[media-credit name=”Credit: Chris Graythen/Getty Images for NASCAR” align=”alignright” width=”254″][/media-credit]Deep in the heart of Texas Motor Speedway, here is what was surprising and not surprising from the 16th running of the Samsung Mobile 500.
Surprising: In spite of Jimmie Johnson, driver of the No. 48 Lowe’s/Kobalt Tool Chevrolet, leading over 150 laps, it was surprising that his team owner will have to wait yet another race to secure the 200th win for Hendrick Motorsports.
Johnson, who finished second, was the highest ranking HMS driver for the night. This was Johnson’s 13th top-10 finish in 18 races at Texas and his fifth top-10 finish for the year.
“I’m definitely disappointed, but we had a great race car and there’s a lot to be proud of here today,” Johnson said. “Certainly wish we were there in Victory Lane but everybody knows we’re here.”
“We’re awfully close to it with this KOBALT Tools Chevrolet.”
Although still at the 199 win mark, all of the Hendrick drivers had surprisingly good nights, even Jeff Gordon and Kasey Kahne, who finished fourth and seventh respectively. Dale Earnhardt, Jr., the final HMS pilot, finished tenth.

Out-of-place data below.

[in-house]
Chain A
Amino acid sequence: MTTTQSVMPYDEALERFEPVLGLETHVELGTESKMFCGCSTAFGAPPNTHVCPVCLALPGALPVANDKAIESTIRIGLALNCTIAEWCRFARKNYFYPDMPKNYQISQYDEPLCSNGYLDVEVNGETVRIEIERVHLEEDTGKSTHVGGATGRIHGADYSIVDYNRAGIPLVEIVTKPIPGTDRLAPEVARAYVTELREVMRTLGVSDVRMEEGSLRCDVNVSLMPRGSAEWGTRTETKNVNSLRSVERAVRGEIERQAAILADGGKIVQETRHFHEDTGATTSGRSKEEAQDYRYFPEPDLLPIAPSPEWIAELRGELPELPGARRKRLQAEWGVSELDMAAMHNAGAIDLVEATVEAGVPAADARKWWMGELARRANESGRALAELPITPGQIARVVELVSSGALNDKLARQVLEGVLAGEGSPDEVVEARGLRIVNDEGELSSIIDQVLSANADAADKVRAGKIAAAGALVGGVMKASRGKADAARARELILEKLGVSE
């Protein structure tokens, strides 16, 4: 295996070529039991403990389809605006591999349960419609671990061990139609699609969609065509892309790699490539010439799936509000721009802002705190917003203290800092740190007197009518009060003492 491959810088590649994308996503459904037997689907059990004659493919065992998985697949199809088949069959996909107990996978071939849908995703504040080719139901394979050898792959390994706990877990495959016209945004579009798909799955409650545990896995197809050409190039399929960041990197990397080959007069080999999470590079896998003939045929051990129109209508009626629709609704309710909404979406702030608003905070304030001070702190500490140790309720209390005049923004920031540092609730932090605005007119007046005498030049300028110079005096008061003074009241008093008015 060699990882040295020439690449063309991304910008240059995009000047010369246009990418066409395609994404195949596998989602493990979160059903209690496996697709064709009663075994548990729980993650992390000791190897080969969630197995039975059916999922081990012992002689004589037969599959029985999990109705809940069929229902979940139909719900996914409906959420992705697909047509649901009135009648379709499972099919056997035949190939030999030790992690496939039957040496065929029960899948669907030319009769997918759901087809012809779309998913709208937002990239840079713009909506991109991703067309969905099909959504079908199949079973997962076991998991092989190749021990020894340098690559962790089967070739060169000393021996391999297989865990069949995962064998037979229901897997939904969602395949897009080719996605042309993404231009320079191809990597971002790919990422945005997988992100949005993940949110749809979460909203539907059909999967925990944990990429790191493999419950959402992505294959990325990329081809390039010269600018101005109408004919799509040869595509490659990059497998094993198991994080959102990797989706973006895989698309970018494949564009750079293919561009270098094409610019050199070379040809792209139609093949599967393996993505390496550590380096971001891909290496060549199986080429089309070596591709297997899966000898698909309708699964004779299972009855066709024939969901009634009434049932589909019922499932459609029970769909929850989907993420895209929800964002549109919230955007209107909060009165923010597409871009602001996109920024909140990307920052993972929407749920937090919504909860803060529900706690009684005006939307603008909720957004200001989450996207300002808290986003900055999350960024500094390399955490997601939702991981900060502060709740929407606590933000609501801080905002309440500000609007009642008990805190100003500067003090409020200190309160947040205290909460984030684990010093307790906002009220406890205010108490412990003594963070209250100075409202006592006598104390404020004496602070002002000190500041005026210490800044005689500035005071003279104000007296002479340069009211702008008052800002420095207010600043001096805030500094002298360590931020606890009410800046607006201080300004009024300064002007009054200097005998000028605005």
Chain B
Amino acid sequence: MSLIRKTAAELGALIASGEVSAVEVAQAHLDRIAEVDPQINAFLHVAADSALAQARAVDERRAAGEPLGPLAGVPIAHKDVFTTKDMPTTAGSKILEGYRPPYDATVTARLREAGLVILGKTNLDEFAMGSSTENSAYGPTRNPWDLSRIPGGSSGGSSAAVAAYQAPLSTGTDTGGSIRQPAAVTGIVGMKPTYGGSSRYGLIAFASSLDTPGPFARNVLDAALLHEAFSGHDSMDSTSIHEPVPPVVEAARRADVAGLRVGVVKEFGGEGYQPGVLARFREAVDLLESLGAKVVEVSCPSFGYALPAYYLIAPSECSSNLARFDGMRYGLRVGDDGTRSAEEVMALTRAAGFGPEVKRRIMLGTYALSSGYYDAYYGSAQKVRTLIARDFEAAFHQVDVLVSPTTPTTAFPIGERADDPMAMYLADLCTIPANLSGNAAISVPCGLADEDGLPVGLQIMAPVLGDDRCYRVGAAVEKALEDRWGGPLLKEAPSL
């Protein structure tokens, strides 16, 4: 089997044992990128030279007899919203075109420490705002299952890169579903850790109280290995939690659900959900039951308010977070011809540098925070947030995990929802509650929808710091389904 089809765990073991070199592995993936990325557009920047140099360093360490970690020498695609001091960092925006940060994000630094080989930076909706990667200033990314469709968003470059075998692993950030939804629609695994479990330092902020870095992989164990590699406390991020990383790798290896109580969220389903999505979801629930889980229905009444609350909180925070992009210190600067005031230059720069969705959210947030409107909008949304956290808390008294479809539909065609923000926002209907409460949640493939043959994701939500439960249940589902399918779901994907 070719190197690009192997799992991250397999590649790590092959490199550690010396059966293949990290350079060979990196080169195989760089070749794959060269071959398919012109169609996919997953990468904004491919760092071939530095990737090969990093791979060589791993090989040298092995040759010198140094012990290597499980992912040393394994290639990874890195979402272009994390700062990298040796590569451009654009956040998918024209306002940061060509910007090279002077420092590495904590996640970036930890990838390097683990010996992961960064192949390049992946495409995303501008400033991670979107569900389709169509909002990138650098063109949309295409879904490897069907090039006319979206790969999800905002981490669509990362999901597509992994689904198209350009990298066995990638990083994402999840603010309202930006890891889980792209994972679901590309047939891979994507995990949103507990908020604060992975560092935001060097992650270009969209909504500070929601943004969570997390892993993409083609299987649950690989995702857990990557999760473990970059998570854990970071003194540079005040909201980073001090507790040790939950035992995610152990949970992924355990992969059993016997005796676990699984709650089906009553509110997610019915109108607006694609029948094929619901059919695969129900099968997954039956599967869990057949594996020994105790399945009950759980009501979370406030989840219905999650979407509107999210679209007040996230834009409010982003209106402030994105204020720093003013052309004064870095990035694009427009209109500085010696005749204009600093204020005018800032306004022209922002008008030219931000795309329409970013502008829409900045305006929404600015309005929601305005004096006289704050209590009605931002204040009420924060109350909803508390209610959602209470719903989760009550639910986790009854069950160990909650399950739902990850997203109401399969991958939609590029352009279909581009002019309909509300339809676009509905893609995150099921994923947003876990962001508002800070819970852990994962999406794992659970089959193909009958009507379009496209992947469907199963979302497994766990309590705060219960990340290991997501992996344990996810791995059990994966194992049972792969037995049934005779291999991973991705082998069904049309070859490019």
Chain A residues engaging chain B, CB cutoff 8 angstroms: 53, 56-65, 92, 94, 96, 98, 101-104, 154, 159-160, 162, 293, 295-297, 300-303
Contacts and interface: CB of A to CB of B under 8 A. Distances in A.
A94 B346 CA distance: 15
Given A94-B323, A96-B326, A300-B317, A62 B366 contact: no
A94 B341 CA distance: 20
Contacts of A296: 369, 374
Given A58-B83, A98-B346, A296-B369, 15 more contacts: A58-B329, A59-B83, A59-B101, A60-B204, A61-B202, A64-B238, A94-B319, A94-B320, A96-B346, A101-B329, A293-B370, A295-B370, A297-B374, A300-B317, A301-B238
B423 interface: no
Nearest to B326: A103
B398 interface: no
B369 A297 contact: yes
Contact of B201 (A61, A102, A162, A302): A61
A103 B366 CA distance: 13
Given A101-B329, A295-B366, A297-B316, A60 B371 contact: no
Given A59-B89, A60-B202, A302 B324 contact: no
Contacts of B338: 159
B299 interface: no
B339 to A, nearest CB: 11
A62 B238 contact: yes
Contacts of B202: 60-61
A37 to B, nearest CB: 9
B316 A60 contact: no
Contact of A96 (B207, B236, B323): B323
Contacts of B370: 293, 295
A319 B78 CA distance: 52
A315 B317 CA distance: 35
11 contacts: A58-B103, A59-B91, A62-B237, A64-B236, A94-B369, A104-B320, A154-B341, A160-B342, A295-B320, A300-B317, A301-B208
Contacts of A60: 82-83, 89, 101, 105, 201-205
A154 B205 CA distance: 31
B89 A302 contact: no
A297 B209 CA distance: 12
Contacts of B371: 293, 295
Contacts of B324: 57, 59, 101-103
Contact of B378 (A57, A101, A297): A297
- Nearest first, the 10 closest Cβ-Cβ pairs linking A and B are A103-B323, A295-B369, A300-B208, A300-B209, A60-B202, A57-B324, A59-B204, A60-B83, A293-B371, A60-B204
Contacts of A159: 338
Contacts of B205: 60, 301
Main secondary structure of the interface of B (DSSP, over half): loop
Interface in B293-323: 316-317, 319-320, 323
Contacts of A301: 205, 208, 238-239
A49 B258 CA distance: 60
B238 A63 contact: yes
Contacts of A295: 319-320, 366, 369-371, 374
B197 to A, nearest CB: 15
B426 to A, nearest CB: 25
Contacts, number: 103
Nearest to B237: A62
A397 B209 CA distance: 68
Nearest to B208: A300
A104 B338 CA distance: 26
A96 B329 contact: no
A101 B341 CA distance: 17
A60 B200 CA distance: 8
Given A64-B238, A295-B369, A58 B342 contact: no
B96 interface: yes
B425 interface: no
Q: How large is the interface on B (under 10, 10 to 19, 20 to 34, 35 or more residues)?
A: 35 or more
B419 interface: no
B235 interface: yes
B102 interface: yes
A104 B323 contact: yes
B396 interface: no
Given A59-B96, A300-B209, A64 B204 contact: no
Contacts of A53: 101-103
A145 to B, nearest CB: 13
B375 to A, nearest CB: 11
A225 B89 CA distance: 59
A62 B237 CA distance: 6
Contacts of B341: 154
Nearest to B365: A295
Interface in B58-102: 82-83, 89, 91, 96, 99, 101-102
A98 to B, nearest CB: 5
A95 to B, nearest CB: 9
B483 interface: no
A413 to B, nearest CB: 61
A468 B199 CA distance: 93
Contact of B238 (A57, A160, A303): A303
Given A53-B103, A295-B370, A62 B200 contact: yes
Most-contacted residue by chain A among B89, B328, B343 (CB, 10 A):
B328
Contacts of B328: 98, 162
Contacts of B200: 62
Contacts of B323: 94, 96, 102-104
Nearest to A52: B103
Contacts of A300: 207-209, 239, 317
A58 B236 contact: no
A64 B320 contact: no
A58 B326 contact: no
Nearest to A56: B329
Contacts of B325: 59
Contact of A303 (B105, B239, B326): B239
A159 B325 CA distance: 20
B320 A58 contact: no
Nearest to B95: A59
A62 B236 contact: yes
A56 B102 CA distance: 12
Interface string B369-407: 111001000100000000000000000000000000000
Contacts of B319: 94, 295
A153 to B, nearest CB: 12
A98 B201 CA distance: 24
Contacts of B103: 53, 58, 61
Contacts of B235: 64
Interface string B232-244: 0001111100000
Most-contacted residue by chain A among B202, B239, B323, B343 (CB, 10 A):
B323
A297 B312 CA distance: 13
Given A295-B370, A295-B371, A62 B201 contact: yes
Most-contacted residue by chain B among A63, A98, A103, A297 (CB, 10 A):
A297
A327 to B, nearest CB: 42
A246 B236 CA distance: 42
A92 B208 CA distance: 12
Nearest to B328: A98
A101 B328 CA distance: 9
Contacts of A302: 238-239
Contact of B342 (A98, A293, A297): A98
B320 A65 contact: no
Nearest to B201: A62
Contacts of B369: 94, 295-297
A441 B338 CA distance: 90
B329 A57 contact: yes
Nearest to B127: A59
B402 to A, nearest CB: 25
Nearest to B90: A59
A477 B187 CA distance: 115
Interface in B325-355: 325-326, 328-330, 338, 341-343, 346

This was the first time since the 2011 spring race at Talladega that Hendrick Motorsports had all four of its cars in the top-10 at the finish.
Not Surprising: At a track where Roush Fenway Racing traditionally dominates, it was not surprising to see one Roushketeer, Greg Biffle, in the winner’s circle with his cowboy hat and guns. This was Biff’s first win of the 2012 season and ended a 49 race winless streak.
The win was the company’s ninth win at Texas, the most of any other racing entity.
“I just dug deep,” Biffle said about his hard fought win. “I knew I had to do it and I kept trying and trying and trying.”
“I knew the team would forgive me if I wrecked it trying to beat him,” Biffle continued. “So, I just gave it all I had.”
Surprising: It was surprising that the fire was extinguished and there was no smoke at Texas this weekend. Tony Stewart, reigning past champion, finished 24th, two laps down.